Directly thereafter, she started her lifelong career in corporate communications. She has worked for a number of large, global companies, including Edelman and Ketchum public relations agencies and Kellogg Company.

Currently, she’s the owner and president of Putnam Communications, helping companies advance and protect their reputations.

Through the years, she’s spent time living and working in Chicago and Michigan, but nowadays, she works and lives in San Miguel de Allende, Mexico.

“I’ve been working remotely long before the pandemic took it mainstream,” she said. “If I need to be in the U.S. for a meeting, I’m just a short flight away.”

While Putnam doesn’t live near SIU these days, her connection to the university has never been stronger.

“It’s never too late to get involved,” she said. “This is where I feel I can make a difference.”

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SIU Alumnus makes estate gift of $1 million

Brad Choate ’79, ’84 and his wife, Julie, are one of the university’s most devoted supporters. Their recent $1 million estate gift will provide funding for undergraduate scholarships and other key priorities.

The Choates, who reside in Georgetown, Texas, wanted to place SIU in their estate and help SIU remain strong for generations to come. The money will establish an endowed scholarship.

“I am so proud of SIU, and I thought this was the right way to give back to an institution that changed my life,” Brad Choate said. “While I am a first-generation alumnus, my parents drilled into my head at a young age that I would attend college. SIU just made sense as it was in the backyard of Marion, Illinois, where I grew up. I have to thank my parents for pointing me in a direction that would change my life.”

Choate is a veteran leader in the advancement industry, having served over 40 years as a fundraiser. He has served as president and CEO of the Minnesota Medical Foundation, vice president at the University of South Carolina, vice chancellor at the University of Arkansas as well as leadership positions at Penn State and Ohio State. He currently serves as special advisor to the vice president for development at the University of Texas at Austin. He and Julie, who is an accomplished artist, are also dedicated volunteers in their community.

“SIU is grateful to the Choates for their generosity and outstanding leadership,” said Matt Kupec, CEO of the SIU Foundation. “They demonstrate the values that we seek to instill in every SIU graduate.”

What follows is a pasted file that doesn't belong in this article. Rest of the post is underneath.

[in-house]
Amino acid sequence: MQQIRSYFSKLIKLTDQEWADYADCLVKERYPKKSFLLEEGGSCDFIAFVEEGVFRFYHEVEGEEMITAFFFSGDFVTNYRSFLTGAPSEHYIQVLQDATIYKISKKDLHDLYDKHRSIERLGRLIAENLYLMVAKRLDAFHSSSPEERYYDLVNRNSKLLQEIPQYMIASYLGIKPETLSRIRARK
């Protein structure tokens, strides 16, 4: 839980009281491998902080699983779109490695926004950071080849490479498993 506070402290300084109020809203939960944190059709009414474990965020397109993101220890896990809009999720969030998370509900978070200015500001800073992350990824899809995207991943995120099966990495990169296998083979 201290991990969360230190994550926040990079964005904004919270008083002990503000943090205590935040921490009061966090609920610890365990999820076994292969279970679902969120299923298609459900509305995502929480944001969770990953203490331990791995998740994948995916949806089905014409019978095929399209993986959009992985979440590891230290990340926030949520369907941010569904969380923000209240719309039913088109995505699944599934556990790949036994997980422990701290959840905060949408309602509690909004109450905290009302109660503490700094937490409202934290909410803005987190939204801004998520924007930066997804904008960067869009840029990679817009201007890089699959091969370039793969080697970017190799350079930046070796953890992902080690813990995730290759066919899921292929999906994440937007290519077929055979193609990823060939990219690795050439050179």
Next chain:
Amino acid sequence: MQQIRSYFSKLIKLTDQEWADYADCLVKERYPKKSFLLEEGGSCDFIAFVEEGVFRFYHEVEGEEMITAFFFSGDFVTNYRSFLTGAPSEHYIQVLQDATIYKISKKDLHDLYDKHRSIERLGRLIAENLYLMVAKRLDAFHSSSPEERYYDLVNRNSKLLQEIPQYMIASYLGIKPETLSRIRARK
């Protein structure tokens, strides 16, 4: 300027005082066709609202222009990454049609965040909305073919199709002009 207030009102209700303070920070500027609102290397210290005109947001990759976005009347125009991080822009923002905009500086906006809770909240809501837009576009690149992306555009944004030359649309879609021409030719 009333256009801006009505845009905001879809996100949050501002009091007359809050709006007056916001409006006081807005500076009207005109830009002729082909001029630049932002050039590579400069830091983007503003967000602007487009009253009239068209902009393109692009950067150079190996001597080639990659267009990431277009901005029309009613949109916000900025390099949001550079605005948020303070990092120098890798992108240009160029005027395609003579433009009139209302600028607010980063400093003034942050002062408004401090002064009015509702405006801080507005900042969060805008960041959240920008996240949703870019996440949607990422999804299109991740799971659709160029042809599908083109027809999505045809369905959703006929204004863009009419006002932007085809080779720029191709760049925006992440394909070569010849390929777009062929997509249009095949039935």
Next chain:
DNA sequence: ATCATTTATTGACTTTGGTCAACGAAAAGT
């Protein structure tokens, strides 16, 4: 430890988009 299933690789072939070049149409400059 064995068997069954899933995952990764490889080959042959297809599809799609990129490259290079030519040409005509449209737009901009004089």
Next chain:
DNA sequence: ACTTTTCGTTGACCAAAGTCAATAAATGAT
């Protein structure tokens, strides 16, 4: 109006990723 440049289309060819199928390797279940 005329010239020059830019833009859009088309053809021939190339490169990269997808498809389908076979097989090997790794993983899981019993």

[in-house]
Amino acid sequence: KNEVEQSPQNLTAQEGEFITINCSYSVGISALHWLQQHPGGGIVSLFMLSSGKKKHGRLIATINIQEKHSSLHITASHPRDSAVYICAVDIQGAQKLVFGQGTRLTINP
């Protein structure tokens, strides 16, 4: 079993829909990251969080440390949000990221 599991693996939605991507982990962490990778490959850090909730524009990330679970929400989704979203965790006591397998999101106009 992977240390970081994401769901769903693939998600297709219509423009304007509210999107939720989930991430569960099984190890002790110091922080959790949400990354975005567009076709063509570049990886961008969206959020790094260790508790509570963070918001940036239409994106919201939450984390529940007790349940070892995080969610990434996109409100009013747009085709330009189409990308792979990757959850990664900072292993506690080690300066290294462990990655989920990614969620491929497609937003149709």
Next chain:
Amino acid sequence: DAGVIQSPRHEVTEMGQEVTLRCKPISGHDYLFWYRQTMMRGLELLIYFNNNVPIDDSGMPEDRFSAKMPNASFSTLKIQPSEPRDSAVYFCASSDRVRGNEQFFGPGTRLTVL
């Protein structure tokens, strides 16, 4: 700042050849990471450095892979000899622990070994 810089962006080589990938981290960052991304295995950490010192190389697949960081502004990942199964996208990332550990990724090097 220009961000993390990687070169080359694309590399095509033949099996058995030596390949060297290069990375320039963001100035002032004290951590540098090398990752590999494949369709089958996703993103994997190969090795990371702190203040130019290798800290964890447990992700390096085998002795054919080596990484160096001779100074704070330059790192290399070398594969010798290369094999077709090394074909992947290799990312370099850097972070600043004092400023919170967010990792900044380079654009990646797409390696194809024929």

Choate said establishing the endowment through their estate just made sense, both financially and charitably for his family.

“I have seen the impact on both the donors and the students when a scholarship is created,” he said. “The impact positively affects our society and country at large.”

Raised in rural Carbondale and attending high school in Marion, Choate’s parents taught him the value of hard work, integrity, and giving back. “My parents had a clear vision of what they wanted for me so there was no doubt that getting a college degree was going to happen. I will be forever grateful to them for their direction,” he said.

Southern Illinois has a special place in his heart, largely because that is where he met Julie.

“I will never forget. I first laid eyes on her at the Dairy Queen in Marion. I was sitting at a picnic table with a friend one night, and this red Firebird drove up, and this beautiful girl jumped out,” he said. “She came over and we were introduced. I took her to Carbondale to see the sights, and we’ve never looked back since. We’ve been married 43 years.”

Choate’s Southern Illinois roots go back even further as his great uncle was Clyde Choate, a politician from Anna, Illinois, and a soldier. Choate served 30 years in the Illinois House of Representatives and during World War II, received the U.S. military’s highest decoration, the Medal of Honor, for single-handedly destroying a German tank.

“SIU was always important to my Uncle Clyde. Even after he retired from the Legislature, he went to work for SIU to continue helping the university,” Choate said. Julie’s mother, Colleen Norman, has three degrees from SIU and taught at SIU and the university’s campus in Japan.

The Choates raised three children, Brent, Lauren, and Lindsey.